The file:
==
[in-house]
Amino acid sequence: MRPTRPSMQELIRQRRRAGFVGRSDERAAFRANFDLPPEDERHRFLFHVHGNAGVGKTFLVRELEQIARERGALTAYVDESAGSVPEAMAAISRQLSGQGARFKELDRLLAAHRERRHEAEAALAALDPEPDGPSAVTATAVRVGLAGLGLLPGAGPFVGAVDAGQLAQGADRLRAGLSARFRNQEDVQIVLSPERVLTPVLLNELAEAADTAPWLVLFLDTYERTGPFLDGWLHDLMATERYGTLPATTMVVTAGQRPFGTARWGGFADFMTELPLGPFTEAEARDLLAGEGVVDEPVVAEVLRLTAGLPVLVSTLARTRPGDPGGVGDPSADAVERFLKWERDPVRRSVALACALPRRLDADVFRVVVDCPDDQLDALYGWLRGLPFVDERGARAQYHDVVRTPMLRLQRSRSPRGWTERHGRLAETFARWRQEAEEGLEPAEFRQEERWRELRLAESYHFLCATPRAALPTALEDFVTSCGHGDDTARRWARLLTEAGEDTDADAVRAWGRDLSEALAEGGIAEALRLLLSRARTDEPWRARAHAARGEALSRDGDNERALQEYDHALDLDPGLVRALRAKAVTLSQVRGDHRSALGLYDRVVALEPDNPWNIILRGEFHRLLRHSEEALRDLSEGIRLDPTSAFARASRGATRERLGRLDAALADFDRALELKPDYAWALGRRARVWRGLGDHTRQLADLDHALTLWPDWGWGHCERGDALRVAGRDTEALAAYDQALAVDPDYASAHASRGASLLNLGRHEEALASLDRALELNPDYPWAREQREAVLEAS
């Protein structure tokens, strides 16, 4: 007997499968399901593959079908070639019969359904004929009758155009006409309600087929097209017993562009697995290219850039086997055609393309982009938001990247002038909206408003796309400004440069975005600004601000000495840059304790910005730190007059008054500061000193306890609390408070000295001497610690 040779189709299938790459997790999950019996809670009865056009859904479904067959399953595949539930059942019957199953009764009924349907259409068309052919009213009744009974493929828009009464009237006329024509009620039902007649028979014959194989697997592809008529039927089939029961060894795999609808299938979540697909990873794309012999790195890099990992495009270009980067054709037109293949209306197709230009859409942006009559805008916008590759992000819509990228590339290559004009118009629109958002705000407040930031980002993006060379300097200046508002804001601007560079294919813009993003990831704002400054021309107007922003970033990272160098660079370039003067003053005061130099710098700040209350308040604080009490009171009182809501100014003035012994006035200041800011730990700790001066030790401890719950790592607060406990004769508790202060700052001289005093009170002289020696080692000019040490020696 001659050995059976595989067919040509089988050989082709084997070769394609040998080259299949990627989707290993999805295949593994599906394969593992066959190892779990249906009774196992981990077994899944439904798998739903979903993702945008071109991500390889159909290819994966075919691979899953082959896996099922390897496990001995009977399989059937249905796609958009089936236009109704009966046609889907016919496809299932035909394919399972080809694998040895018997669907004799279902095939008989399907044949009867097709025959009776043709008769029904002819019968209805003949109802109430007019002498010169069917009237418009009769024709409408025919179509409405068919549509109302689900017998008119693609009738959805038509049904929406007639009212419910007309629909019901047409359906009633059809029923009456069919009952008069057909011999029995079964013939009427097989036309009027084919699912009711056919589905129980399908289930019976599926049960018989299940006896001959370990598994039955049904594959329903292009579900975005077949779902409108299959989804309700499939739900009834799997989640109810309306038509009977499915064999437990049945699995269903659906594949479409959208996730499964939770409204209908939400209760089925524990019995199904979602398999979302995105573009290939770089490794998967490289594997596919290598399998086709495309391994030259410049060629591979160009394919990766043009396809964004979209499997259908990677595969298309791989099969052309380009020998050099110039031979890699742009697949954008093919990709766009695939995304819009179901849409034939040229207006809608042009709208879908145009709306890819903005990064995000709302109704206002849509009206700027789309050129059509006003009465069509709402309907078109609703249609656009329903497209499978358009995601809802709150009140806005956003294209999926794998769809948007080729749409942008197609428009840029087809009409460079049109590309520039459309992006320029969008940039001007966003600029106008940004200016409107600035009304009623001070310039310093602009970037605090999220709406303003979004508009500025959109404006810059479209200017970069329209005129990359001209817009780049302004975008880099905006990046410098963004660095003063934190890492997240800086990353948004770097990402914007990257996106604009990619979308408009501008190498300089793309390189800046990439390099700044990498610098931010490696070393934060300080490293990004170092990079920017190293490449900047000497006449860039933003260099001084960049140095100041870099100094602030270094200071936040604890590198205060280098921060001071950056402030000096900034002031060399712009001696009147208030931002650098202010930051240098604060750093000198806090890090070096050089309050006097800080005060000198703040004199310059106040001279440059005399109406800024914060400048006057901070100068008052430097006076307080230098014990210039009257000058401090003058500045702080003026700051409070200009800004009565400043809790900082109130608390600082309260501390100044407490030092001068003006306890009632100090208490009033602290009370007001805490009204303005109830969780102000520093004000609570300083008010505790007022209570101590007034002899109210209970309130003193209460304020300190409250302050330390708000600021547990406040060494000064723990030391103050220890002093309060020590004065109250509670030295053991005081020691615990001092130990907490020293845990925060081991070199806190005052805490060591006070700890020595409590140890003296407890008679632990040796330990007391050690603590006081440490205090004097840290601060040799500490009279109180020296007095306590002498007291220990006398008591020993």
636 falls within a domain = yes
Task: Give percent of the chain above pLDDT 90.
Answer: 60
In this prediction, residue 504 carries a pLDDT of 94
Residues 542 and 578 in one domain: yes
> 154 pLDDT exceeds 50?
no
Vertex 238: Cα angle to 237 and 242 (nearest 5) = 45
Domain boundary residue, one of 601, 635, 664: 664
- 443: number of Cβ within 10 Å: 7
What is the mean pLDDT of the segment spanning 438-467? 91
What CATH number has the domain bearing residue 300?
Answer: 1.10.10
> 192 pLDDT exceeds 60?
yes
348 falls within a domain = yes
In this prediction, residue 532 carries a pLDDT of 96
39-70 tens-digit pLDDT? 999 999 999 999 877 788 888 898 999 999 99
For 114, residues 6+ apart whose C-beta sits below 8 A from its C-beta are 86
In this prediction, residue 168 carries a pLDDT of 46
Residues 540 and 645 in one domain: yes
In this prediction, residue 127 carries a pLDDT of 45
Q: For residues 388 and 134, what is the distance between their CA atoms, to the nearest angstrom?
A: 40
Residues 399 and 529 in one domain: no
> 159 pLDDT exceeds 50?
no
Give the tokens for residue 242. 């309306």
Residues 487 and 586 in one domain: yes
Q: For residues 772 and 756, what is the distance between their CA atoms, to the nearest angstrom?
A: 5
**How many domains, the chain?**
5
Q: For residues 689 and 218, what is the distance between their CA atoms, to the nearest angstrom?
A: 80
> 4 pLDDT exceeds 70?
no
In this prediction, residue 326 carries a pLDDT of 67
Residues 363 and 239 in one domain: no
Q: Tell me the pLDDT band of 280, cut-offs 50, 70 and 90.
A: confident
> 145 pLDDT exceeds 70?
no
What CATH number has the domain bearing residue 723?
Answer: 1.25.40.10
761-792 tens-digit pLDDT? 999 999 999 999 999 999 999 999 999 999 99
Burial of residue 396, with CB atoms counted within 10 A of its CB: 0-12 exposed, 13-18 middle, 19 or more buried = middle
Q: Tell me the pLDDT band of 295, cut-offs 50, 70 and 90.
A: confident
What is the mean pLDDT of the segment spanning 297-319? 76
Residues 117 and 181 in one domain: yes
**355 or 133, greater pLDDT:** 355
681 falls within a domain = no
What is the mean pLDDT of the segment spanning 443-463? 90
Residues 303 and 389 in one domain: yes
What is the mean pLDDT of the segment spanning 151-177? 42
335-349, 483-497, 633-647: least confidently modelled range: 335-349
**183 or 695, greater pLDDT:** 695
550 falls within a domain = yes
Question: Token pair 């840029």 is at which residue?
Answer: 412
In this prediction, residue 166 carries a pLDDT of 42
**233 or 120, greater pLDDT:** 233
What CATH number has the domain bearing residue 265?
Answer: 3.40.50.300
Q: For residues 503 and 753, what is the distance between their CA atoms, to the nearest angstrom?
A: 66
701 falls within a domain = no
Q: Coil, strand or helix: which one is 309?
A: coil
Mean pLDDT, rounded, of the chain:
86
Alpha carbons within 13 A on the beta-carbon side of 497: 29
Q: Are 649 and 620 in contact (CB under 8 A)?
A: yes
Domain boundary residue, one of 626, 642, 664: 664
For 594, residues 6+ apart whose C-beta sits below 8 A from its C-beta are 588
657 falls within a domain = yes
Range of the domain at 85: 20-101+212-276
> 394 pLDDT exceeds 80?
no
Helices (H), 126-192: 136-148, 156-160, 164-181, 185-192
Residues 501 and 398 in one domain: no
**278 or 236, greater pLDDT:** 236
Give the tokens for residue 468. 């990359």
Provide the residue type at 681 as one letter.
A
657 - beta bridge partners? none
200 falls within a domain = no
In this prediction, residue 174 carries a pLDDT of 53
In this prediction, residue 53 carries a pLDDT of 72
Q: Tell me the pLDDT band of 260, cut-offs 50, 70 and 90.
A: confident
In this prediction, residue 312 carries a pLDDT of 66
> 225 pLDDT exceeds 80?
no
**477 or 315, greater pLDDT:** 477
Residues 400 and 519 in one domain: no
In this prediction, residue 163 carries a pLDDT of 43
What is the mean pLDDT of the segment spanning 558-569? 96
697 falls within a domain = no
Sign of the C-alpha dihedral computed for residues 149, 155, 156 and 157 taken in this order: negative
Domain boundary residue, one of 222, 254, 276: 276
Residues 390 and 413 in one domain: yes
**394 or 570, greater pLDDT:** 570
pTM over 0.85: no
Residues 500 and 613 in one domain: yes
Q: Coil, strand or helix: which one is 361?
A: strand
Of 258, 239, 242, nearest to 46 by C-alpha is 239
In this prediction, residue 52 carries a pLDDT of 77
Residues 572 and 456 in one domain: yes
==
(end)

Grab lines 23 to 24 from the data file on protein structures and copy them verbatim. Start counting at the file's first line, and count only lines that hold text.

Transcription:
In this prediction, residue 168 carries a pLDDT of 46
Residues 540 and 645 in one domain: yes